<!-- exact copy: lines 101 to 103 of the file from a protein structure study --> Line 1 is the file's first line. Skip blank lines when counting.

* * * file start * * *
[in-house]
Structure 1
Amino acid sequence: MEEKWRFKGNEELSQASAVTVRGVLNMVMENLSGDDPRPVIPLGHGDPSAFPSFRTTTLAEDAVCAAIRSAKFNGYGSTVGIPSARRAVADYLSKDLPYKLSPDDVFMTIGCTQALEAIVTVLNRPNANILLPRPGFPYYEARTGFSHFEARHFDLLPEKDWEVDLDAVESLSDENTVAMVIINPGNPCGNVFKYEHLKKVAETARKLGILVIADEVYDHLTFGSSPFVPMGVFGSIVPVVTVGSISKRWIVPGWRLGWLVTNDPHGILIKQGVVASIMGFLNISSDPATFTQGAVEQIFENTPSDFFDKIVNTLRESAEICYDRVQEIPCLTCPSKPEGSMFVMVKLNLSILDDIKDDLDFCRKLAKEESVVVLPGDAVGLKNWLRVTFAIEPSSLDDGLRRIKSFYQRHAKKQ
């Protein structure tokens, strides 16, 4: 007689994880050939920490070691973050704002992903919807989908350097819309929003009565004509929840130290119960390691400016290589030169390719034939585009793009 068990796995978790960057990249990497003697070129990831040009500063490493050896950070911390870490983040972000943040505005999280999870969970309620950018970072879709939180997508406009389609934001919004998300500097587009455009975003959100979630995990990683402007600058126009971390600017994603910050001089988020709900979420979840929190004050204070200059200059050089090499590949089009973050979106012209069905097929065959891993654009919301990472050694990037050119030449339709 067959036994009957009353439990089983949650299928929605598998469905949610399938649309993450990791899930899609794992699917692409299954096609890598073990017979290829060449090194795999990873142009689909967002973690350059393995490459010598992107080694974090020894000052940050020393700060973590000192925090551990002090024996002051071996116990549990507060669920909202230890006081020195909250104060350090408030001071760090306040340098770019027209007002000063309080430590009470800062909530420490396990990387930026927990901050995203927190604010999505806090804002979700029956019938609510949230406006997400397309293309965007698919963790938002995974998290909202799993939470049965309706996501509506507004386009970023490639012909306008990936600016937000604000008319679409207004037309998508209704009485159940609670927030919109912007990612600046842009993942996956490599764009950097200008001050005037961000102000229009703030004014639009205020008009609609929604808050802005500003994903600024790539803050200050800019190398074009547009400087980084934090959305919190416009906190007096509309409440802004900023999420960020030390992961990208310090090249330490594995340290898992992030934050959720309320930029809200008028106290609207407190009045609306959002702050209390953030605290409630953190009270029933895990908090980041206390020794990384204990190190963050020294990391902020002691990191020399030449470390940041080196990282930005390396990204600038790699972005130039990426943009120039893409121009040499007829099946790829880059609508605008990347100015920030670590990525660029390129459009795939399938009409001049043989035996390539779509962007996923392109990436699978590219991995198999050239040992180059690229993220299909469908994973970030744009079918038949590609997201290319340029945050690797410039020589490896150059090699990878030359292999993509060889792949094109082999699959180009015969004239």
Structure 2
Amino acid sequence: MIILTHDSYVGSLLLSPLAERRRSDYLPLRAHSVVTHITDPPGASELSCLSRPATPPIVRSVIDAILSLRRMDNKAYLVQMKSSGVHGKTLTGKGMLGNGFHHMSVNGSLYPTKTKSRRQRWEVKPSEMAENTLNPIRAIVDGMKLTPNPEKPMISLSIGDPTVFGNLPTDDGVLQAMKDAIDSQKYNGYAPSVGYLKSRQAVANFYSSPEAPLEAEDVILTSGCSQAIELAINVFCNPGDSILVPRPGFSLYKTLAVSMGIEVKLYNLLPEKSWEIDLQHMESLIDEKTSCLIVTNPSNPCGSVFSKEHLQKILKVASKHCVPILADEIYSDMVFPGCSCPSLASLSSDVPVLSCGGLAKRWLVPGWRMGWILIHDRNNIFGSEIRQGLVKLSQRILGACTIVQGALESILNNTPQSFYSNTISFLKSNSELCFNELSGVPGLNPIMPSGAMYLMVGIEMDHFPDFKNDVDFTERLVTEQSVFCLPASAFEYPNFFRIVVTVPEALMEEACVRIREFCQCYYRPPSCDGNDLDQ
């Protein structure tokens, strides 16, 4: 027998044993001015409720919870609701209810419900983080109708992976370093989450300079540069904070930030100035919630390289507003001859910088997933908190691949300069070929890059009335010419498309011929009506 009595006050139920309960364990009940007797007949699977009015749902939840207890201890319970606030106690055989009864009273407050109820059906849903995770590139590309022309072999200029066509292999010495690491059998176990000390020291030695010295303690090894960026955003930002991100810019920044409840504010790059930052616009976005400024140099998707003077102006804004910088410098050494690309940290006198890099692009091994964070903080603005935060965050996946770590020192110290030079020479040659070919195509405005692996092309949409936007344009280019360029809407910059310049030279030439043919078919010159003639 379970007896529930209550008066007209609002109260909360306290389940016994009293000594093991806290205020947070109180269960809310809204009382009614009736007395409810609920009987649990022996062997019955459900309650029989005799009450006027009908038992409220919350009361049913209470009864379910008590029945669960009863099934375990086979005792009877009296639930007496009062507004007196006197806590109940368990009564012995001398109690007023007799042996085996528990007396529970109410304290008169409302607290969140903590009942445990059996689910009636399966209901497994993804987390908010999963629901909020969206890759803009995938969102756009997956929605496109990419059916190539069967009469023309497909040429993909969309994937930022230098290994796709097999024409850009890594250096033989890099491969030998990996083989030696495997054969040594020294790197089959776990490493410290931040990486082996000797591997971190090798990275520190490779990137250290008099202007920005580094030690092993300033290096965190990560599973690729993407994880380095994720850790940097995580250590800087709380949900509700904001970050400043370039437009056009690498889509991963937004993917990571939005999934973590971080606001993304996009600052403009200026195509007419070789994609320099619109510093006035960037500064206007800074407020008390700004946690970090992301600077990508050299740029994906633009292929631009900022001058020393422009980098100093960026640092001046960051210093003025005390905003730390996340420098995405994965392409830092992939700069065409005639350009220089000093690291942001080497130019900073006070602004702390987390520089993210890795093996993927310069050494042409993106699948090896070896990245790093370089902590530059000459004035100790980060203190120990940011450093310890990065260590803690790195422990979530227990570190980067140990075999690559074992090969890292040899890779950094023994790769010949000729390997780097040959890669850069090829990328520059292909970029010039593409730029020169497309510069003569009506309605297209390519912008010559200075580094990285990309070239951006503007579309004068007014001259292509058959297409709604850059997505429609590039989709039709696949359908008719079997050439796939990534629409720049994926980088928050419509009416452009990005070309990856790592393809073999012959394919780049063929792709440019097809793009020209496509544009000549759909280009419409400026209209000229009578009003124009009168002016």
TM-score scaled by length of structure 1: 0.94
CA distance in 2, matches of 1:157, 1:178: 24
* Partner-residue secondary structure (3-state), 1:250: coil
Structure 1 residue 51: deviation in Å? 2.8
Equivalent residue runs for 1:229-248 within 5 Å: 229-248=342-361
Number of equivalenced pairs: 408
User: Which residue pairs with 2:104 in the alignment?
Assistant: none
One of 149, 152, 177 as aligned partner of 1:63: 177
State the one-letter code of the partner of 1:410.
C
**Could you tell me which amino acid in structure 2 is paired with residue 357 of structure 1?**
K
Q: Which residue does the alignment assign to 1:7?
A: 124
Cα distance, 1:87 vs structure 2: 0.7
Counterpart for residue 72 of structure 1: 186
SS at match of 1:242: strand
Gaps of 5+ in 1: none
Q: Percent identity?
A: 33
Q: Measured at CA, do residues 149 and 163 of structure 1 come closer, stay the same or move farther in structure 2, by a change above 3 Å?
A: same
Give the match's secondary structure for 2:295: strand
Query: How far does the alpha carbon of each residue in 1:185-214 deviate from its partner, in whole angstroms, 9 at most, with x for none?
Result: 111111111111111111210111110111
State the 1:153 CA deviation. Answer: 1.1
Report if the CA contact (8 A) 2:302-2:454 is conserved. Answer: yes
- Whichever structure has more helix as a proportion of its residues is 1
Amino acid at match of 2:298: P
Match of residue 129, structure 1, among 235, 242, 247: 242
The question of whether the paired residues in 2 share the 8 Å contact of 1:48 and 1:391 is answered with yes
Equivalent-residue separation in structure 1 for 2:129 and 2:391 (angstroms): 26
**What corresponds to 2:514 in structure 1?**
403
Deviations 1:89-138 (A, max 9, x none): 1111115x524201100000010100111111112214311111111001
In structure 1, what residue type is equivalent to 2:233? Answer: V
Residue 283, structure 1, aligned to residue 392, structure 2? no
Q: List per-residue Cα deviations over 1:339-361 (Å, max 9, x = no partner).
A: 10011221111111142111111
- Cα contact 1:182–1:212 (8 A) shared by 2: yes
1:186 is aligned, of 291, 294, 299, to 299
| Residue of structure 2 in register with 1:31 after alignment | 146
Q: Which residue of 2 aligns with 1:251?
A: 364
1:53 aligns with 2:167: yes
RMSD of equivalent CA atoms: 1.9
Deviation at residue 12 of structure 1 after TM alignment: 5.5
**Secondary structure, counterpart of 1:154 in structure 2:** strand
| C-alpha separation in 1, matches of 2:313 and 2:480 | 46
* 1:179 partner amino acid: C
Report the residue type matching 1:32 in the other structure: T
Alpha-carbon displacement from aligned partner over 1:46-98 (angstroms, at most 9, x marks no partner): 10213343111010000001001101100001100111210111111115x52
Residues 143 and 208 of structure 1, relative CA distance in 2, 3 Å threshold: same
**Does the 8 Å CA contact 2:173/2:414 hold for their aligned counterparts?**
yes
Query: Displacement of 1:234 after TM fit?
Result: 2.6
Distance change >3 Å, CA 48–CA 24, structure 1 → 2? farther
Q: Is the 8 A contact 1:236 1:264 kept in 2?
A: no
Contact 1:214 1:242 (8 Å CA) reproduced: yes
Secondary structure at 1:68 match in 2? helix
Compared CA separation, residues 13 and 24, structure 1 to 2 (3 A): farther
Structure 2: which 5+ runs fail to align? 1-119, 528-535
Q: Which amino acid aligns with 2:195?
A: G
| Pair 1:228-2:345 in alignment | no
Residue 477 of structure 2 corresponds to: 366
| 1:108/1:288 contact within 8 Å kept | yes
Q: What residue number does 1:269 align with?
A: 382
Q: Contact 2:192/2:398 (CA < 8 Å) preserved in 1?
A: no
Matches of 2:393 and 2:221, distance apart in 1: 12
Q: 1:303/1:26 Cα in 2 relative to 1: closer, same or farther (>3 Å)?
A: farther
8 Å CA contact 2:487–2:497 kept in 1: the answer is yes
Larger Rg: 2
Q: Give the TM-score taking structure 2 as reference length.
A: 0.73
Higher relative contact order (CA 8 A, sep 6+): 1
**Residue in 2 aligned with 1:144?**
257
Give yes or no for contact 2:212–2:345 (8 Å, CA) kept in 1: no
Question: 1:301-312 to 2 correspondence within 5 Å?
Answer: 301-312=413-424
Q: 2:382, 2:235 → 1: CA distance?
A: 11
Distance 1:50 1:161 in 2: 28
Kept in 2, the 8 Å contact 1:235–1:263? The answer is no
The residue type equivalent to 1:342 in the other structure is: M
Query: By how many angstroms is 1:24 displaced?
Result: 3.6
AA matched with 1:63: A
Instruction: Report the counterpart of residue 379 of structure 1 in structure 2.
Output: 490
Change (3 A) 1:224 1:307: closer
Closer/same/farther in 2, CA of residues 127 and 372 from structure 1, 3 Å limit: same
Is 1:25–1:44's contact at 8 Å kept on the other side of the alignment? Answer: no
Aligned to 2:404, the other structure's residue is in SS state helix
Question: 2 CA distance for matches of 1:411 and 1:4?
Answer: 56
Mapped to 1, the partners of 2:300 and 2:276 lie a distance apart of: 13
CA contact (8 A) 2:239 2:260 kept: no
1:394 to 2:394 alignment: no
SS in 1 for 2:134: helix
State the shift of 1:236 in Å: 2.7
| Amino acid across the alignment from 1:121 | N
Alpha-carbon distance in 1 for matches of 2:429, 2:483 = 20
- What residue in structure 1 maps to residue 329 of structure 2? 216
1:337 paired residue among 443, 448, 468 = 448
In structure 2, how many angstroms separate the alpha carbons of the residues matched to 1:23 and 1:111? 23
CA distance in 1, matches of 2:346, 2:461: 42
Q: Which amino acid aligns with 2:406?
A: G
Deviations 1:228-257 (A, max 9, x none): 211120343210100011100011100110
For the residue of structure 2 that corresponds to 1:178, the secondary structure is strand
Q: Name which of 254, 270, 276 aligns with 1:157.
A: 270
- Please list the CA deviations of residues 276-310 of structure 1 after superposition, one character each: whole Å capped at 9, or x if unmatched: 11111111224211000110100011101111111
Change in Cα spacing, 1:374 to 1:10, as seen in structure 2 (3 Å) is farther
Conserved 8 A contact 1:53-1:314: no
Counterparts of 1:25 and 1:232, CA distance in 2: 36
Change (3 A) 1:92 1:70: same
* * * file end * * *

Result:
Result: 3.6
AA matched with 1:63: A
Instruction: Report the counterpart of residue 379 of structure 1 in structure 2.